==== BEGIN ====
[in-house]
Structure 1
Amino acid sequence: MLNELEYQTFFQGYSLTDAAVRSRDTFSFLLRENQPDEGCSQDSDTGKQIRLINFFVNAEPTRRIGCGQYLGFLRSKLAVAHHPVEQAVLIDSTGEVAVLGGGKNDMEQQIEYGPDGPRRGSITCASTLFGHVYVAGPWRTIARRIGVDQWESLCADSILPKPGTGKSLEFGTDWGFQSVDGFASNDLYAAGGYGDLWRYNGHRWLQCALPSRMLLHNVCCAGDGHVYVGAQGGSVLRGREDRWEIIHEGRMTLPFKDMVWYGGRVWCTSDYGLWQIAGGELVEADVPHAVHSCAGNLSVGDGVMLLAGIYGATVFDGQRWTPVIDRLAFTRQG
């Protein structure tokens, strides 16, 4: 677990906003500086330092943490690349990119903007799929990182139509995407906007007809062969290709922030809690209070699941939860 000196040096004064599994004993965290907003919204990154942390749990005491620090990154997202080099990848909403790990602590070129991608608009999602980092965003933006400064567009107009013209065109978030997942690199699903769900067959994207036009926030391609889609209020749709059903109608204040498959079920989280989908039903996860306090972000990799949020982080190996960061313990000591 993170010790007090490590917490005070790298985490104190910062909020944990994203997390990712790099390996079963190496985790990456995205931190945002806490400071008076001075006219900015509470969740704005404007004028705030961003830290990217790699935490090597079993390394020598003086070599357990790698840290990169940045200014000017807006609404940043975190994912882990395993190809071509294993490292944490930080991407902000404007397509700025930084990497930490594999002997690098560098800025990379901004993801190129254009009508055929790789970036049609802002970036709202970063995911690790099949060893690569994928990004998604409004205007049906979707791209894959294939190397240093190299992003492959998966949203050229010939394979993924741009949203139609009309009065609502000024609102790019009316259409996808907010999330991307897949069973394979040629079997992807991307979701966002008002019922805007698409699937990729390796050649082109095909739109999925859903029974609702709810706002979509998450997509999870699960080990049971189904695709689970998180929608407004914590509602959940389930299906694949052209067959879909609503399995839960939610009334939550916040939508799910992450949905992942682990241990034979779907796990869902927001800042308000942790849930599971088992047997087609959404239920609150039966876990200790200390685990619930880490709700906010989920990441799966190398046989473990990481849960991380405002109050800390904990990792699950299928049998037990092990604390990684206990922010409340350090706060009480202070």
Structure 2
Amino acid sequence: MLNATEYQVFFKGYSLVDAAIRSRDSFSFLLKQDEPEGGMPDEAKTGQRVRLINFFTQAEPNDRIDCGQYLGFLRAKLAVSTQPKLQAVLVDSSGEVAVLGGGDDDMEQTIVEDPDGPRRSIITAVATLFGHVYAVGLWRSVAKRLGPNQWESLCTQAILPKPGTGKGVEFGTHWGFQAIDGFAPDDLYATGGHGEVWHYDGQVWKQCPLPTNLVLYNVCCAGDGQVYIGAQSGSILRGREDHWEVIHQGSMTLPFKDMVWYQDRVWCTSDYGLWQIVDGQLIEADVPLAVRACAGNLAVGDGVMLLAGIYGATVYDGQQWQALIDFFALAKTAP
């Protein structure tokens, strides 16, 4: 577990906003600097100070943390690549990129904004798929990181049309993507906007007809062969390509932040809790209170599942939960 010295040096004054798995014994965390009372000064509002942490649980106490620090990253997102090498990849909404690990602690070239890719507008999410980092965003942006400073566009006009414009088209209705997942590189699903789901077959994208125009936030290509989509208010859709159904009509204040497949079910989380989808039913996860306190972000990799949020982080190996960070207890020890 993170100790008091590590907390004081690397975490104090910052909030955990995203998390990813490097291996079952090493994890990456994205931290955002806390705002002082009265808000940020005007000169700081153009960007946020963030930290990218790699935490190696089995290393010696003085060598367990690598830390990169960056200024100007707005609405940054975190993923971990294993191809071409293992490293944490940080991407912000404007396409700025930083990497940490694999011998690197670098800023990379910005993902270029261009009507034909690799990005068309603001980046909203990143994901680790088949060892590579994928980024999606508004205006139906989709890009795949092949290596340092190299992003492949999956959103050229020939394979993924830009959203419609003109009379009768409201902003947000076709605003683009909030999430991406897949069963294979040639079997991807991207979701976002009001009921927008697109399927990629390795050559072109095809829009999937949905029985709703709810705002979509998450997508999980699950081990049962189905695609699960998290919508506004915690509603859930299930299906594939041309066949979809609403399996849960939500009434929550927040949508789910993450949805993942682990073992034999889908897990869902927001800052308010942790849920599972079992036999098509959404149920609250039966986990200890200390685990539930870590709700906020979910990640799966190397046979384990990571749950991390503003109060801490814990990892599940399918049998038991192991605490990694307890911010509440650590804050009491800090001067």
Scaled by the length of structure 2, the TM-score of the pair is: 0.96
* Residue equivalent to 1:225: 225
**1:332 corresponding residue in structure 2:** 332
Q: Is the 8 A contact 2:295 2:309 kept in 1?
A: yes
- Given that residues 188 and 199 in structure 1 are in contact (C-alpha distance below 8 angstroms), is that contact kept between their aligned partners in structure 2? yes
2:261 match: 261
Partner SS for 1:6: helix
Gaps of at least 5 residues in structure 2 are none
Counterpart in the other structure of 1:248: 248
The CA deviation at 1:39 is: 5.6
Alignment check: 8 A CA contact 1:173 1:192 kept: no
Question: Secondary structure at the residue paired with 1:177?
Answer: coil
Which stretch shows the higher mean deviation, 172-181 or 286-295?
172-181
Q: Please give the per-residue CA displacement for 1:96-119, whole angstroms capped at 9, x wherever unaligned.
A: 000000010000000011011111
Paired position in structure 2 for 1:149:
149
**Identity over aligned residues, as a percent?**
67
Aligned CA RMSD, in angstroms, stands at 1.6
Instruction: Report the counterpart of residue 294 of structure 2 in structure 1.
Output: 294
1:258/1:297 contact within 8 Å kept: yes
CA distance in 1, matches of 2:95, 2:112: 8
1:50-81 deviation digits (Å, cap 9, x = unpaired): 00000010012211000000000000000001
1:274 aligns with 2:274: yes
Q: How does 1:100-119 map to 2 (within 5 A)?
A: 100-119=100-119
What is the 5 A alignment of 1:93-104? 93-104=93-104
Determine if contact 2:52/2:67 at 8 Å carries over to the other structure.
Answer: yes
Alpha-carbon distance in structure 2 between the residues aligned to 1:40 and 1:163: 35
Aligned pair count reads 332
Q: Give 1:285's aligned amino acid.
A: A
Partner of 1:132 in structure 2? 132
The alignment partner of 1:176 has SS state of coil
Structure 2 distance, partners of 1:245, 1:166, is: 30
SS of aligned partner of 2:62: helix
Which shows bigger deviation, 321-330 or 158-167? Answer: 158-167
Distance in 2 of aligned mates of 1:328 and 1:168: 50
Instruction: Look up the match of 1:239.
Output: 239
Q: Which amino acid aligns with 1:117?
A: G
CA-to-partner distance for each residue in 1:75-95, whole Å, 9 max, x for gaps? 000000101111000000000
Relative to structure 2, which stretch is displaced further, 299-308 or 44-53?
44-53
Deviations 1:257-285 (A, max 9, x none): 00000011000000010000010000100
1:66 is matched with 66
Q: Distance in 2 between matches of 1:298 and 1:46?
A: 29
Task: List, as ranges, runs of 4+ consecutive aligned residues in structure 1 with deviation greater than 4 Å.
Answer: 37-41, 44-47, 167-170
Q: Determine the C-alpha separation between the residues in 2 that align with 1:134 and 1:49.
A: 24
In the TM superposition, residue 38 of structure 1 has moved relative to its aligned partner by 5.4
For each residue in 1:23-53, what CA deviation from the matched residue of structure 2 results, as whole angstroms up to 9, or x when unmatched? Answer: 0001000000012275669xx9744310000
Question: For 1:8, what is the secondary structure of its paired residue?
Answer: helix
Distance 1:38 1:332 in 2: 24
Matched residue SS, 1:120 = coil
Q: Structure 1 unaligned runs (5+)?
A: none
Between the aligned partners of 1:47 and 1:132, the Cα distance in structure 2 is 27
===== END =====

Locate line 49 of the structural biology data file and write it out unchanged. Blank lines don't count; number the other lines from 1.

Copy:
SS of aligned partner of 2:62: helix